There are a myriad of reasons why an inbound aircraft that you are about to board to go outboard, can be late. Flights themselves in this day and age, can be navigated and timed to the minute.  However,  its not at all unusual for air traffic to delay flights due to airspace/airport congestion, the London and New York areas are famed for their congestion, resulting in delays and despite changes in the international use of airspace, this can and will only get worse.  My own airline experience of long haul routes is that it introduces much more flexibility in timing, as the aircraft is on the ground for longer, sometimes as much as 4/5 hours, so delayed departures due to inbound delays are minimized.   Short haul, low cost operators, holiday flights want circa 30 minute turn arounds or less,  to maximize  aircraft utilization, so their exposure to mounting delays is high, as the day wears on, especially on  so called 'W' Pattern flights, where an aircraft leaves airport A for Airport B but then returns to Airport C and then to Airport D, then back to A.  This is the normal pattern of European holiday flights and there is no fat in the timings and any slight delays get magnified as each flight progresses.  Technical, engineering reasons for flight delays are relatively rare.  Smaller airlines tend to suffer more as they dont have any spare aircraft to take up any slack in the programme of flights.   Hope this helps?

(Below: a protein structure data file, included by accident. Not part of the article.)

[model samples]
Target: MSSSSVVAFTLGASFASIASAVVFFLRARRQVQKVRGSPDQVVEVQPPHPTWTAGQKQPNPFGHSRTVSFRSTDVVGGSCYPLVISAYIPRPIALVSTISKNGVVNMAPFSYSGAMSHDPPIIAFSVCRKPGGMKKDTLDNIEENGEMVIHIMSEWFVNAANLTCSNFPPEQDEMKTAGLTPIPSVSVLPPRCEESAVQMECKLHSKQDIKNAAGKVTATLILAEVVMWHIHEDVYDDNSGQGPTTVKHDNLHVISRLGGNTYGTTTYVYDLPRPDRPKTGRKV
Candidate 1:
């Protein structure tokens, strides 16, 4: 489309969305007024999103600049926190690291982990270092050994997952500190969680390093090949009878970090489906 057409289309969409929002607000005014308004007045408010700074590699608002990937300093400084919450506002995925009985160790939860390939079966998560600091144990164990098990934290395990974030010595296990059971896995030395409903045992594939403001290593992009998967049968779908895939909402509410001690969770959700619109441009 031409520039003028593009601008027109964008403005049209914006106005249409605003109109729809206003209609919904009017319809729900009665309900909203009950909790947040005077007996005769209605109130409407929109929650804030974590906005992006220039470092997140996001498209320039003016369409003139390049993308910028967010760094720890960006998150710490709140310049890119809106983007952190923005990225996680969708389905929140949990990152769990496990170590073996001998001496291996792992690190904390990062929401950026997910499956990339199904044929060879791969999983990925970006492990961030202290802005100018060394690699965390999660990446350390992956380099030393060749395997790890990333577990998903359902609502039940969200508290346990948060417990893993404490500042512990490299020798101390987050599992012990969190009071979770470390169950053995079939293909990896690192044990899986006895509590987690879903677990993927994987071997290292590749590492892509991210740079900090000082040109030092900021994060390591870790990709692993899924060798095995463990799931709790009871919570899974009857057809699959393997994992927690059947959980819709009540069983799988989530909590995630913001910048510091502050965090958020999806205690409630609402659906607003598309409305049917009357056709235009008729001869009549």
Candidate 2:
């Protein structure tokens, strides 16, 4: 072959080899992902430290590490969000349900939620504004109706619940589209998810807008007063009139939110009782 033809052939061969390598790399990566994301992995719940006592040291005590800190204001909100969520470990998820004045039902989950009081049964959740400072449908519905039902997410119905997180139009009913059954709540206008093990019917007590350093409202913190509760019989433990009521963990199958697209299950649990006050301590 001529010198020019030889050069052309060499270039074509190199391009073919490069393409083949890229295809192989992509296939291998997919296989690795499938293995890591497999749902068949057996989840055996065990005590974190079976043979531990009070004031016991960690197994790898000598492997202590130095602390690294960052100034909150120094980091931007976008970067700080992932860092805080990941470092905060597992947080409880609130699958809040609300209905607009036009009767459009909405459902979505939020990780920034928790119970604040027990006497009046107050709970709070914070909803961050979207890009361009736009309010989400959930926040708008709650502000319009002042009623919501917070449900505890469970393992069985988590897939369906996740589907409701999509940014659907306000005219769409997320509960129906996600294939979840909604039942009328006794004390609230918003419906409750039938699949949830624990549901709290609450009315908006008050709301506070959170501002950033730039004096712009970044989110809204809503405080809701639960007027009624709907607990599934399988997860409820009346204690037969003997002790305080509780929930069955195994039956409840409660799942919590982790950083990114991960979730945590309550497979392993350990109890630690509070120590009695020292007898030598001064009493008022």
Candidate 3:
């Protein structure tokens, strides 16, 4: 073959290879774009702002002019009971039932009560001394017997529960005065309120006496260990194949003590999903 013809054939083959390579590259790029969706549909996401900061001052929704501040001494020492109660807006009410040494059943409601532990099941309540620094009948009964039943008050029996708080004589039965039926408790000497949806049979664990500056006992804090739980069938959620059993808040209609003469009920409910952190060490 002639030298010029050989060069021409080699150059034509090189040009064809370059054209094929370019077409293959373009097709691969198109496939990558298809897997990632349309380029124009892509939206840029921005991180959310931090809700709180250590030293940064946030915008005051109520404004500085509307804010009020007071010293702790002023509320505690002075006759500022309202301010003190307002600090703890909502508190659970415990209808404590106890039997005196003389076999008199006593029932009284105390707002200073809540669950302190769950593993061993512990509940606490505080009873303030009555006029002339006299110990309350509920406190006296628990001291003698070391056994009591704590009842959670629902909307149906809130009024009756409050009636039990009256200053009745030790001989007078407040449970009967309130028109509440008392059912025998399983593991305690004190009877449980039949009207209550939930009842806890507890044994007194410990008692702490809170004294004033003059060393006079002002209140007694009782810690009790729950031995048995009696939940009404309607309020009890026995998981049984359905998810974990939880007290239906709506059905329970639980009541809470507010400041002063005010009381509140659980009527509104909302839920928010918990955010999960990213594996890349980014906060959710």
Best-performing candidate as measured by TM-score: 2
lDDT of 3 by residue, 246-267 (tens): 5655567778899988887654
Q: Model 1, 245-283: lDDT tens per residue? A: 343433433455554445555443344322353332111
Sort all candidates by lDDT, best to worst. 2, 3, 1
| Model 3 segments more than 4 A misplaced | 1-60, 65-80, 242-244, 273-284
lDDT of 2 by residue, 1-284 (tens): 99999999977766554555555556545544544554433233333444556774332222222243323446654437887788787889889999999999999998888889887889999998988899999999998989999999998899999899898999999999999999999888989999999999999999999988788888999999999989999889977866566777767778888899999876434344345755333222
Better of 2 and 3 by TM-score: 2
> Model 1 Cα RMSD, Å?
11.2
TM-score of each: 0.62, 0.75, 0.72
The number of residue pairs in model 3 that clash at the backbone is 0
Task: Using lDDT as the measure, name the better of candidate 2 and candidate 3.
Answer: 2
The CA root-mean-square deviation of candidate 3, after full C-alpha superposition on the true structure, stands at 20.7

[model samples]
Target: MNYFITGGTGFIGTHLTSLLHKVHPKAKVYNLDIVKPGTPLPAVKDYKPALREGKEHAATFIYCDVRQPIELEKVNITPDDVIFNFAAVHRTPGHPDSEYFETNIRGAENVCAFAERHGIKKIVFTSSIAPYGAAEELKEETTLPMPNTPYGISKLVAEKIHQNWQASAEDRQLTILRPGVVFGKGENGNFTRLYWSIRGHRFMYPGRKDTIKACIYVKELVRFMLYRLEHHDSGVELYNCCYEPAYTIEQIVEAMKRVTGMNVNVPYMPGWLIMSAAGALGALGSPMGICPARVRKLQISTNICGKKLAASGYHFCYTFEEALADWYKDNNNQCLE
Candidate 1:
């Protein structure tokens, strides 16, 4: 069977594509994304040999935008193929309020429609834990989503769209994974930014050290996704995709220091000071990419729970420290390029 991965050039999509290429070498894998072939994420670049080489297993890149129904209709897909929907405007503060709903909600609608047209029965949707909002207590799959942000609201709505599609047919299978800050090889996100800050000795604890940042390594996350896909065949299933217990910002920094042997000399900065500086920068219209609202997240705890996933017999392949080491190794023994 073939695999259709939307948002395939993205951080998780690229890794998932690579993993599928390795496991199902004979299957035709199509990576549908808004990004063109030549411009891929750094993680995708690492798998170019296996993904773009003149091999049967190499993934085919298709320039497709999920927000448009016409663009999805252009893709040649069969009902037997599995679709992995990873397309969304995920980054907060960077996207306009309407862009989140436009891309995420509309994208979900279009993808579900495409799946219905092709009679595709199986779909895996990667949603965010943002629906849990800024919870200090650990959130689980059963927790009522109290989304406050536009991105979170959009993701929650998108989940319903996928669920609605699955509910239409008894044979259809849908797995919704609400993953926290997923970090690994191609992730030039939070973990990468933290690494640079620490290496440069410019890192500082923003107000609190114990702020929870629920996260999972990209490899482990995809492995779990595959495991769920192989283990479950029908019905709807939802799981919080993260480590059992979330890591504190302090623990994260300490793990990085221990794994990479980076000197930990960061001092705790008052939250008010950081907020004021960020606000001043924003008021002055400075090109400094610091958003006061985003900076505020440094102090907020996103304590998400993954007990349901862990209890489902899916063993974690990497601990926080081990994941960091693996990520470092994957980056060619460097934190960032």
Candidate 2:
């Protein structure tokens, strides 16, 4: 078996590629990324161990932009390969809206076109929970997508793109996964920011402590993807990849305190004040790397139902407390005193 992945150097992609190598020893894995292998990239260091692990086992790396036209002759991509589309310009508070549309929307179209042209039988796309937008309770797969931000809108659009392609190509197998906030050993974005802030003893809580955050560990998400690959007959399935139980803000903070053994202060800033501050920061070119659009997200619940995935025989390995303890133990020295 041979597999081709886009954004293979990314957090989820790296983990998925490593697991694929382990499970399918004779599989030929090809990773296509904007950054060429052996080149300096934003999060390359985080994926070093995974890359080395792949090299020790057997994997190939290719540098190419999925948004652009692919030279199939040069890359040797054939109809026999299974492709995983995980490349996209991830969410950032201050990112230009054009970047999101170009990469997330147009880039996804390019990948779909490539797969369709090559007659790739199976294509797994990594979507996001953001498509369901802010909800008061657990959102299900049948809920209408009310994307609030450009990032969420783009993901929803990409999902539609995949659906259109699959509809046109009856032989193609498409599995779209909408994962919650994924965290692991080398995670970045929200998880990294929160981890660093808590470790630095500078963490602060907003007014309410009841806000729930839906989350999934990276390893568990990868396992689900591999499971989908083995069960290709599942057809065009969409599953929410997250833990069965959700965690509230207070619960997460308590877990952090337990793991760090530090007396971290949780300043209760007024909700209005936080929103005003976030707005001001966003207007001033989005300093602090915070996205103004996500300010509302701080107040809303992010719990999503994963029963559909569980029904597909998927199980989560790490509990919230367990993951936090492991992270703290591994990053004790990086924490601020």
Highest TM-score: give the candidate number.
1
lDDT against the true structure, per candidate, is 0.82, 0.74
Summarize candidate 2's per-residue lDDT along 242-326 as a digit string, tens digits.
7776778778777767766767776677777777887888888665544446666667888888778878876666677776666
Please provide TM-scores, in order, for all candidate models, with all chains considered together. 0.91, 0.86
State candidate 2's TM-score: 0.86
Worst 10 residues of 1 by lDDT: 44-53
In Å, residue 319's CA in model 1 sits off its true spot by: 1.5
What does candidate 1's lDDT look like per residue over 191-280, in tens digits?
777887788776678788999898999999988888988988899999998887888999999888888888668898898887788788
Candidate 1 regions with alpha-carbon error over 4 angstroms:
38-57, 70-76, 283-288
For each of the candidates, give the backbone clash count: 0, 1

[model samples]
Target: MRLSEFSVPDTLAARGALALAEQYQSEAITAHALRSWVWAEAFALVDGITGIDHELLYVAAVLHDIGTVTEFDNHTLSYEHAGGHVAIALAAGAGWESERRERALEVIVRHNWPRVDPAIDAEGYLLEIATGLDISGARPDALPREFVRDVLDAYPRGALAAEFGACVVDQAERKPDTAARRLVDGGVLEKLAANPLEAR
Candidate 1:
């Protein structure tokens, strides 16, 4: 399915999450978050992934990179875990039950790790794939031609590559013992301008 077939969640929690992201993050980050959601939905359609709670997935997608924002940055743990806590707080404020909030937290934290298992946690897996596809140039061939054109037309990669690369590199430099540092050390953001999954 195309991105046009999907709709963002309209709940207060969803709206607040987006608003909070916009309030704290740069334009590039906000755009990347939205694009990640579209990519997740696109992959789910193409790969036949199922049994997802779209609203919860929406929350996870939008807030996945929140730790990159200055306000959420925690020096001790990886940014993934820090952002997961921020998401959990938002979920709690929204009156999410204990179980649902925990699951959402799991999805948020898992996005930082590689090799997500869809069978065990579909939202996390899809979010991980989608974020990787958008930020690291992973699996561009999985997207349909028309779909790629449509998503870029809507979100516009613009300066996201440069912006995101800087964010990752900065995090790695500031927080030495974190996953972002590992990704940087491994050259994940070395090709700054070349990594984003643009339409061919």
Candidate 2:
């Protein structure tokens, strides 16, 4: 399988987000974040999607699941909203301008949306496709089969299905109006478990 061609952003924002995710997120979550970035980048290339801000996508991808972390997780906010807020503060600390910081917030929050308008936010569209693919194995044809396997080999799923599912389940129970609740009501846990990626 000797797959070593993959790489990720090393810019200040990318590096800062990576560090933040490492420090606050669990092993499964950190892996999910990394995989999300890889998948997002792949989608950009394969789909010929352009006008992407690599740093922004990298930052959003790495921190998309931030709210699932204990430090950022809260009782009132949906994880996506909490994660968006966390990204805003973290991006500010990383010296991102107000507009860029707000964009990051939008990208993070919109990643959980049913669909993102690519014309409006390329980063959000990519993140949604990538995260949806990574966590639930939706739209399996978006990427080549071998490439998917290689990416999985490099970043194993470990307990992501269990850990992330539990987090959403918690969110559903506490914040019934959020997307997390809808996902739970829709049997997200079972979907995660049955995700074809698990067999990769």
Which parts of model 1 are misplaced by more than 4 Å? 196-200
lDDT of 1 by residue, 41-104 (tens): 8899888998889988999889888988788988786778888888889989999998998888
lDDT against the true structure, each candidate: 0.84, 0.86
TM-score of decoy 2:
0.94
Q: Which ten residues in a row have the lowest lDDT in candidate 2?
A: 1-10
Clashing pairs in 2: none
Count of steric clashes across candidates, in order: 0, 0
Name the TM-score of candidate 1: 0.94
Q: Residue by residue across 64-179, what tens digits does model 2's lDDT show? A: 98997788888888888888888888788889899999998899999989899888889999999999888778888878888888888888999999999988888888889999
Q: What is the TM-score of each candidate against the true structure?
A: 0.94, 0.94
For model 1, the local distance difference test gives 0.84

Thanks for taking the time. Yes that’s really interesting and makes a lot of sense as you say for the short haul.
 

The main point of my question though is why airlines use the late arrival as an excuse for the late departure. Why can’t they say, for example, that the late arrival was due to air traffic congestion. Or late arrival was due to late loading of fuel on the inbound leg. It just gives me the impression that airline management seem helpless or indeed ambivalent to the delays and the impact this can have on people. Many short haul flights are used in order to connect to expensive and once a day international flights. Miss your international connection with another airline and no one seems accountable. 
 

I guess overall what I’m saying, is that airlines and airline/airport operations seem to care little about the impact such delays have on the travelling public. I feel at some point there will be a paradigm shift which will change the way the whole industry operates. I sincerely hope so

Thanks again 👍🏻

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2 hours ago, Grumpish said:

That should free up some space in the long term Thai Airways aircraft parking lot, sorry Suvarnabhumi Airport.